Friday, 28 May 2010

WCS and WiSM

We are in the middle of a wireless project at work. We have money for about 120 more access points to go up and are installing the Cisco Aironet 1140's seen here. These 1140's don't have aerials on the outside, but are hidden in the case. They are designed to be ceiling mounted but we have found they work just as well on the wall. We have finished surveying and the first couple of access points have gone in. Immediately we saw looking at the statistics on the access points a speed increase, mainly thanks to all the students with MacBooks using wireless N.

Another benefit we have installing these 1140's is that they can used as thin client access points and all the management is done on a WCS (Wireless Control System) server. If the server sees two access points overlapping it forces one to back off. It also auto selects channels so they do not conflict.

Many of the new features we are using are provided by the Cisco Wireless Services Module (WiSM). A great feature we find is that when you import a floor plan and place the access points the software creates a map of signal strength from the data the access points provide. The maps also show when the signal is blocked by thick pillars and thick walls.

As the access points pretty much get their settings from the server we are just currently installing some Cisco 3560 switches to power the access points using PoE and setting up VLANs on the switches and aggregators.

Wednesday, 26 May 2010

I have an iPhone

Yesterday afternoon this was sat on my desk:

This has not replaced my android device. In fact my contract runs out on my G1 in the next few months and I have been looking at the Motorola Milestone to replace it (I love having a hardware keyboard, but the app 'thick buttons' does help if you don't).

No I have it because of work. Despite android sales surpassing those if the iPhone, probably about 90% of the phones ordered by staff at work are iPhones and so, as a result, are about 90% of the problems. When work asked what phone I wanted ordering when I started my job a few weeks ago my boss suggested I order an iPhone as that is what they have most problems with and it would be handy if I knew what I was doing and could fix them more quickly.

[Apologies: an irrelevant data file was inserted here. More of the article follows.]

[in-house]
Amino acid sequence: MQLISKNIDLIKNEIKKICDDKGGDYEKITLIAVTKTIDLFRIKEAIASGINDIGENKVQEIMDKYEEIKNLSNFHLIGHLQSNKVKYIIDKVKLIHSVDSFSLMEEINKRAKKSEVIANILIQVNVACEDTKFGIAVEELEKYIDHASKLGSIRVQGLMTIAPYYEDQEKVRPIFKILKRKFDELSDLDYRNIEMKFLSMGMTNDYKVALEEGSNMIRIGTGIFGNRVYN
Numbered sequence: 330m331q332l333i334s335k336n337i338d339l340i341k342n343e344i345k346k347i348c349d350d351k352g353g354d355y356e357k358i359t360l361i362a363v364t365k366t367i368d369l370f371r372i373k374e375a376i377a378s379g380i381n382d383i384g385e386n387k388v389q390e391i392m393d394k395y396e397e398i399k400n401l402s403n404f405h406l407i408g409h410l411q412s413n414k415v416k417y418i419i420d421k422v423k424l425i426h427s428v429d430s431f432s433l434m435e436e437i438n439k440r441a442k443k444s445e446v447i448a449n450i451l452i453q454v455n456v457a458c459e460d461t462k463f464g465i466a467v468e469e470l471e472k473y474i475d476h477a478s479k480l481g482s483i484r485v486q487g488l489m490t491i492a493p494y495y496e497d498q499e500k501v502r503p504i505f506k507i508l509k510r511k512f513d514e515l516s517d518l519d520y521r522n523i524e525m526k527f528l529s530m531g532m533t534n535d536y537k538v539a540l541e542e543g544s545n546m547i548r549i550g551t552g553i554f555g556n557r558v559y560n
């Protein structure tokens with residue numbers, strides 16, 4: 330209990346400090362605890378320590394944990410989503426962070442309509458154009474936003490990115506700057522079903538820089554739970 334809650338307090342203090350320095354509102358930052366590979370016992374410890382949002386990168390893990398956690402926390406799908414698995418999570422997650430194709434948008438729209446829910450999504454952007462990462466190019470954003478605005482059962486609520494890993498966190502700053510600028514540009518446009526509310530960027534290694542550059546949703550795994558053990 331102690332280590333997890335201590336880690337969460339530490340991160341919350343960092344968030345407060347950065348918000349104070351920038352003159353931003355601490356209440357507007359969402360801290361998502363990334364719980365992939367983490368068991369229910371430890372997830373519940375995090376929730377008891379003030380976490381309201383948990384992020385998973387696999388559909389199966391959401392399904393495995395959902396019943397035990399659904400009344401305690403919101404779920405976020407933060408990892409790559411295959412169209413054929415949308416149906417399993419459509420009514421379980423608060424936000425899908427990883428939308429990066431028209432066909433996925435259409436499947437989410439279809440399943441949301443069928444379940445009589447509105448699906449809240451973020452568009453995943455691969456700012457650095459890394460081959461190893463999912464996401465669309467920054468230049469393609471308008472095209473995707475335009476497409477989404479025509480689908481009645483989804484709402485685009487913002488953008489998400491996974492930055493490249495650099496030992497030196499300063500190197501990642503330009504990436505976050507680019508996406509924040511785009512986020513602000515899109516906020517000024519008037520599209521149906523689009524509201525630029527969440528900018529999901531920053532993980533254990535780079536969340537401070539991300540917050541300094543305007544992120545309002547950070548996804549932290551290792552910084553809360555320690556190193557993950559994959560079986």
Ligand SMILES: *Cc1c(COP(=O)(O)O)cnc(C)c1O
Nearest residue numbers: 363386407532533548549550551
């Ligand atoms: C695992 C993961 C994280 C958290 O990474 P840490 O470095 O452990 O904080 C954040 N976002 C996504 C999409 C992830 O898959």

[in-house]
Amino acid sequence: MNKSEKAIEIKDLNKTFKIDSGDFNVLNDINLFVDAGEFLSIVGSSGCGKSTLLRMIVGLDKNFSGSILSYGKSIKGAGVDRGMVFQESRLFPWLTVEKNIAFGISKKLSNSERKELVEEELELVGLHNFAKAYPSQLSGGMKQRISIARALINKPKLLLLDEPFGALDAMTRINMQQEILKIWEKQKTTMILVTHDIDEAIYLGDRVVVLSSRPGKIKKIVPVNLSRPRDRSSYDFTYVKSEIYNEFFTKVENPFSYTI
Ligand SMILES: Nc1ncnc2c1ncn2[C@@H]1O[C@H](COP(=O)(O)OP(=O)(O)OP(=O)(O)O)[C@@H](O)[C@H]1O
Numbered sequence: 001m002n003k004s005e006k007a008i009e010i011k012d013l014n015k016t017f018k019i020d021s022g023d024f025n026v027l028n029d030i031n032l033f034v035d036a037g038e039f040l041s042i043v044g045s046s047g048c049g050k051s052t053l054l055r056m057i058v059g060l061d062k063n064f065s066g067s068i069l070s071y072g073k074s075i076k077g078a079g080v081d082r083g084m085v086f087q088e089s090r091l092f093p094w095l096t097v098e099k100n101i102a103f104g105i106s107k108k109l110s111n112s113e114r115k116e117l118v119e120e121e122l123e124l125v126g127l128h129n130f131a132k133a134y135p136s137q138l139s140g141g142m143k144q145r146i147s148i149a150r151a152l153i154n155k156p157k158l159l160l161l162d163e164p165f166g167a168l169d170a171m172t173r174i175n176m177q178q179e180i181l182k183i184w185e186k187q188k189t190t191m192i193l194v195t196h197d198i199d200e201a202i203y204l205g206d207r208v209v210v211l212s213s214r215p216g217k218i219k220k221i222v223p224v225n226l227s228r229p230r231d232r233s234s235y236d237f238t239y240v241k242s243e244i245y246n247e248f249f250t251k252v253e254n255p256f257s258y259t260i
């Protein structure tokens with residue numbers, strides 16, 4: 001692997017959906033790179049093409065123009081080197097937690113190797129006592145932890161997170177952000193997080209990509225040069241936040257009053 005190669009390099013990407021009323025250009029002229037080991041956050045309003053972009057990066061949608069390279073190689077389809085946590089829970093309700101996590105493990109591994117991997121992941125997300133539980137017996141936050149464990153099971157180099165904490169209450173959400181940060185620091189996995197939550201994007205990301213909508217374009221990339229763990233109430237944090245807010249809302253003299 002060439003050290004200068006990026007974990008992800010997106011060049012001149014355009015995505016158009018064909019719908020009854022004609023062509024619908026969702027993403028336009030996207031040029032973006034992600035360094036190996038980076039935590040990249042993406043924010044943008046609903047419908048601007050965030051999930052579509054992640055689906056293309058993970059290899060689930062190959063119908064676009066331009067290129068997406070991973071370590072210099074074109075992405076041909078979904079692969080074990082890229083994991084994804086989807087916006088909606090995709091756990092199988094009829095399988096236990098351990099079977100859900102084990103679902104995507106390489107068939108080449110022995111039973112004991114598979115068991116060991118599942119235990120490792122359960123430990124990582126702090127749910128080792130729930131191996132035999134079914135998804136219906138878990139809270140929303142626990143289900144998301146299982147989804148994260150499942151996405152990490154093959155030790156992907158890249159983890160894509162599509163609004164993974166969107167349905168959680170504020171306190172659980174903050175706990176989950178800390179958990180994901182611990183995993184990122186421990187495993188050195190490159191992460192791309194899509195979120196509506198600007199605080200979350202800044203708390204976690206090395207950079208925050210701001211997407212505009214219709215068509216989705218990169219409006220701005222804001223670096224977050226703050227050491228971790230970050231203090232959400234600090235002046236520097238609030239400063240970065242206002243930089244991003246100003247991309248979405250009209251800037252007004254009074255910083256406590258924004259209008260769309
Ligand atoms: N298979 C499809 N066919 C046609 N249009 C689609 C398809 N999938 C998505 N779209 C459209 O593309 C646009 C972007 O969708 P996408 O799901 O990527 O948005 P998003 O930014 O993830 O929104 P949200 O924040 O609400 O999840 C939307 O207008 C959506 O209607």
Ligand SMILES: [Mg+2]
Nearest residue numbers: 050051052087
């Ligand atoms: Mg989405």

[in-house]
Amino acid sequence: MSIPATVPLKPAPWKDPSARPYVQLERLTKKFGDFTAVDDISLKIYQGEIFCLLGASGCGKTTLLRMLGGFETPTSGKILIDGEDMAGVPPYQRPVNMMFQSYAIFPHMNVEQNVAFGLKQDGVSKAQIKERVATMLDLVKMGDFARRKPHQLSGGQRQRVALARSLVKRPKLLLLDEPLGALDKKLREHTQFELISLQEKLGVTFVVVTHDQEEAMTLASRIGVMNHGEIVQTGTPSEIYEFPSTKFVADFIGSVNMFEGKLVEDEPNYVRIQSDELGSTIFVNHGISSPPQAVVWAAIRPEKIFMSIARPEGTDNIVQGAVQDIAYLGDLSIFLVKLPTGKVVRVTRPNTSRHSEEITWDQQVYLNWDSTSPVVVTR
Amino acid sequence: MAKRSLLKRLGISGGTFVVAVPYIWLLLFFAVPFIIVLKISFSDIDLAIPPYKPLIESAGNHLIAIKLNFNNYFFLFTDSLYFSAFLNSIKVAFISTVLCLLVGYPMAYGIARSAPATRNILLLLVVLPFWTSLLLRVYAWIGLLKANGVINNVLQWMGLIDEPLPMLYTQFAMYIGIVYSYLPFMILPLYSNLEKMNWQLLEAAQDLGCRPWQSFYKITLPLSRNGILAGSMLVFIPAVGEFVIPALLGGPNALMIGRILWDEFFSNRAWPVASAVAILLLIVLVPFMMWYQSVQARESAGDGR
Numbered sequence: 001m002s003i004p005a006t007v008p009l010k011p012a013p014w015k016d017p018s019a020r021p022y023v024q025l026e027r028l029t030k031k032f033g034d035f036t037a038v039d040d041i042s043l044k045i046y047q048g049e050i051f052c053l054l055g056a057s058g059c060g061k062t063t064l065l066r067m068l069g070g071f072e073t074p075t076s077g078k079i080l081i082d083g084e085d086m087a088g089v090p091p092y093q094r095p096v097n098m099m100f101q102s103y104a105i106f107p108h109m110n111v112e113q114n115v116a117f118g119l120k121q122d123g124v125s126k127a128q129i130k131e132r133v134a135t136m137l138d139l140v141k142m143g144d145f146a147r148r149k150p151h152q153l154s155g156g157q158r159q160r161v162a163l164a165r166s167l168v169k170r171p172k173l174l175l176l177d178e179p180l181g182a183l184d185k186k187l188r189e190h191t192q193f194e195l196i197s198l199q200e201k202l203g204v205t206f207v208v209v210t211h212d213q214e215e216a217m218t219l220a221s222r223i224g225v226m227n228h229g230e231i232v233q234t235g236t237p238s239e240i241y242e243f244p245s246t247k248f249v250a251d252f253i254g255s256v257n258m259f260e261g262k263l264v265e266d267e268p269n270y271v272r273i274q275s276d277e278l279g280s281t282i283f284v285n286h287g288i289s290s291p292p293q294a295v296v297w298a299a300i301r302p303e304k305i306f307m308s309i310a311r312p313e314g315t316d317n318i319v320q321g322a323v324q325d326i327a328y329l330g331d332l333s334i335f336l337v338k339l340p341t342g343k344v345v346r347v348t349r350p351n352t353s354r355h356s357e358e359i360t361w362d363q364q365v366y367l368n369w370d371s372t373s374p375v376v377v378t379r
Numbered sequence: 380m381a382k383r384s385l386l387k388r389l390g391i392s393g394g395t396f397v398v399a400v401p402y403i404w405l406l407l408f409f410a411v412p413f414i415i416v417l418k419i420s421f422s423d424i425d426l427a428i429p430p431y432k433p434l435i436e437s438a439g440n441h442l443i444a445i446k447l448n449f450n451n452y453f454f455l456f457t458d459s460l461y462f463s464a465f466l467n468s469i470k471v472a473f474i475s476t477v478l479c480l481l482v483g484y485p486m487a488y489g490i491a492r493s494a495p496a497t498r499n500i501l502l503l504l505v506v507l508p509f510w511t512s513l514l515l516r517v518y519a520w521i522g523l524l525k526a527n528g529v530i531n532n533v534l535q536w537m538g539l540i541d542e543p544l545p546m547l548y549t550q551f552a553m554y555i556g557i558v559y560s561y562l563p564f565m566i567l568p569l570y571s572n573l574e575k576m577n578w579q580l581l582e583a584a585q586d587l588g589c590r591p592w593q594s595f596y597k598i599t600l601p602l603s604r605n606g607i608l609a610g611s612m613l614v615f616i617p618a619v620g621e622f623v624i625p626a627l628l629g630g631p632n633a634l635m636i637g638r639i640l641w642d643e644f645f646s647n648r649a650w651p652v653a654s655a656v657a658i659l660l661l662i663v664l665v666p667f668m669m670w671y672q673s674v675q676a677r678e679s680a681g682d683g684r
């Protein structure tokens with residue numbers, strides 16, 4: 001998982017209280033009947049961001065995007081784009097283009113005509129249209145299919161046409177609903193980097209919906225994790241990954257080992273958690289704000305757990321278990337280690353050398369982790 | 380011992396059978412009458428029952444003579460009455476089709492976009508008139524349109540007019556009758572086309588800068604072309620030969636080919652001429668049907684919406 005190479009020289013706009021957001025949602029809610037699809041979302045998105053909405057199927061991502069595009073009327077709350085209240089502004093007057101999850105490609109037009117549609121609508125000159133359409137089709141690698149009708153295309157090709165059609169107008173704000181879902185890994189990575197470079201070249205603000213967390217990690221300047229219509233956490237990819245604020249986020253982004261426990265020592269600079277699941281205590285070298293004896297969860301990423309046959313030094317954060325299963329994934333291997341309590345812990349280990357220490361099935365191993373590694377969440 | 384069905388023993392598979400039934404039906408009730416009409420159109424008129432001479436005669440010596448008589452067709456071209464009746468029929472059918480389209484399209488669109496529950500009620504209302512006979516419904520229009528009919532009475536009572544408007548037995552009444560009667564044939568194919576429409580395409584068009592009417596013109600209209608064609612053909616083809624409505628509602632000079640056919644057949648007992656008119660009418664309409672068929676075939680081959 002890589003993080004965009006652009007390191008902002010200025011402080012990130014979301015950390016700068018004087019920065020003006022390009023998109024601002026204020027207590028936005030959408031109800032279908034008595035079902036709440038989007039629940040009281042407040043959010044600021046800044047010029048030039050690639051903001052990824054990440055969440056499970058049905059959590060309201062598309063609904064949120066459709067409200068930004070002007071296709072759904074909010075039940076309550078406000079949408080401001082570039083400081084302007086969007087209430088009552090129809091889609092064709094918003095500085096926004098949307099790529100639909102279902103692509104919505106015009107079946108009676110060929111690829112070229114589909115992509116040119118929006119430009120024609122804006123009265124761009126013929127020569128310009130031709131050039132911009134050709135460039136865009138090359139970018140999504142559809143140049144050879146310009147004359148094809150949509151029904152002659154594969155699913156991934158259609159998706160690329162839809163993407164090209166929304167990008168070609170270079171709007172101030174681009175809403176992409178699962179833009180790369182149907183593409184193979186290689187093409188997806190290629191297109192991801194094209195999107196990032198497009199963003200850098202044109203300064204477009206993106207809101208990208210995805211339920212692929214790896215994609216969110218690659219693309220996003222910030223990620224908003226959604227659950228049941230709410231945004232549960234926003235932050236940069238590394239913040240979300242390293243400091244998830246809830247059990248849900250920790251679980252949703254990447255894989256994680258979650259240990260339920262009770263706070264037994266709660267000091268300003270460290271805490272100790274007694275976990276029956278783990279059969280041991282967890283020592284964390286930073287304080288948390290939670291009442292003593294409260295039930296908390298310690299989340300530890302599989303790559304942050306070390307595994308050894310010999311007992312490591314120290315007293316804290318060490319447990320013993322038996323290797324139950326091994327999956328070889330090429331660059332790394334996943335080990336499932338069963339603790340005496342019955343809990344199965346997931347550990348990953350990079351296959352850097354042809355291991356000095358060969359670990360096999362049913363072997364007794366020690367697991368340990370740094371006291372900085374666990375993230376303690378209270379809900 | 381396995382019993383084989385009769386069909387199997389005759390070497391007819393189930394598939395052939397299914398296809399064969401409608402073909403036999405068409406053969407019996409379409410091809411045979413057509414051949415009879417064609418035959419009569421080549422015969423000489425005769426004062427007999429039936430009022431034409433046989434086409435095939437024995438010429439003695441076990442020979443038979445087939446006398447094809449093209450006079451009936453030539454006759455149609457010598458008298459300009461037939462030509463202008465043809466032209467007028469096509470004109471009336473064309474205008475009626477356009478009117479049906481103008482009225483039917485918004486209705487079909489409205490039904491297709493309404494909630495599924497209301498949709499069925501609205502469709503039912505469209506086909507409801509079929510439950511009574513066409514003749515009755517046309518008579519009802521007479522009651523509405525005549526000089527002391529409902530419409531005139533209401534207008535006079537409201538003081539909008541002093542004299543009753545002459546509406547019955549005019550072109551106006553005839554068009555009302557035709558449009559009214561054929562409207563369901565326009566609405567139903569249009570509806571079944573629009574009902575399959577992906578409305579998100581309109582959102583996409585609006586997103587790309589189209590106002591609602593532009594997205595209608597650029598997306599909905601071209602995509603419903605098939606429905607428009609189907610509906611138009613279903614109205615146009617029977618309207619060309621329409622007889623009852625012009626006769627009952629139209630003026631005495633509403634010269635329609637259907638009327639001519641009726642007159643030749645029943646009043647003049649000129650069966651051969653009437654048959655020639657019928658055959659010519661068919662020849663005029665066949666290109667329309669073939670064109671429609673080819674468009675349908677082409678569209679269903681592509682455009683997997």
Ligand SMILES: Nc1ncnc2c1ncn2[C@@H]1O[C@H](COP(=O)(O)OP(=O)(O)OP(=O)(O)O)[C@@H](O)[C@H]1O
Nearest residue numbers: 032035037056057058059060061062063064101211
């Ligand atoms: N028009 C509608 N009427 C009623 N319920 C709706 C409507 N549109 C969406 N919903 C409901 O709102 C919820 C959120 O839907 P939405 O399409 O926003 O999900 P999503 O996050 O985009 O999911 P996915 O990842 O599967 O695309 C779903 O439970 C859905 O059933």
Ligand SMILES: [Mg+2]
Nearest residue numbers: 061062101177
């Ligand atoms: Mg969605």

I would rather have had a HTC Desire or Legend but I see the point, I will be fixing problems with them a lot of the time and setting them up for staff. One of the first things I had to do was Google how to put the SIM card in as there were no instructions for it in the box and it doesn't involve taking the back off but using a paperclip.

They bought me a 32GB 3GS version which was pretty nice of them (don't know how I will fill it) and they pay all the bills so I can't complain. Now I have to install a piece of software I really don't like... Itunes.

Saturday, 15 May 2010

The tories are in, where now for BSF and managed service? Part 2

You can read the first part of this topic here:The tories are in, where now for BSF and managed service?

Nick Gibb has been announced as schools minister as of yesterday. So what he said about the Building Schools for the Future plans now has even more relevance. It appears, as anticipated, many schools who have not yet had their buildings approved may find their proposals scrapped under the Conservatives.

An article in the Guardian newspaper today says hundreds of secondary schools have had their plans frozen while BSF is put under review:

Secondary schools in authorities that have been approved to enter the Building Schools for the Future project but have not yet named their contractors may now lose their funding. The scheme includes more than £480m allocated in the last weeks of the Labour government.

The article goes on to say:

The government is planning £6bn cuts this year and further measures in a budget in June to bring the £164bn deficit down.

In opposition, Michael Gove, now the education secretary, had promised a review of Building Schools for the Future – which had been subject to extensive reforms after a slow and expensive start – but the Liberal Democrats opposed the move.

There has been no decision yet on whether BSF will continue but I know schools that have let IT support staff go convinced that they are getting a new school with a new network. If these plans don't go ahead they will need to start hiring again, probably enticing people back with higher wages, using money they have not budgeted for or got. In the meantime school support staff don't know if they are going to be employed by the council, an independent company providing a managed service or lose their jobs altogether. It is certainly going to be a nail-biting time for some schools and their staff.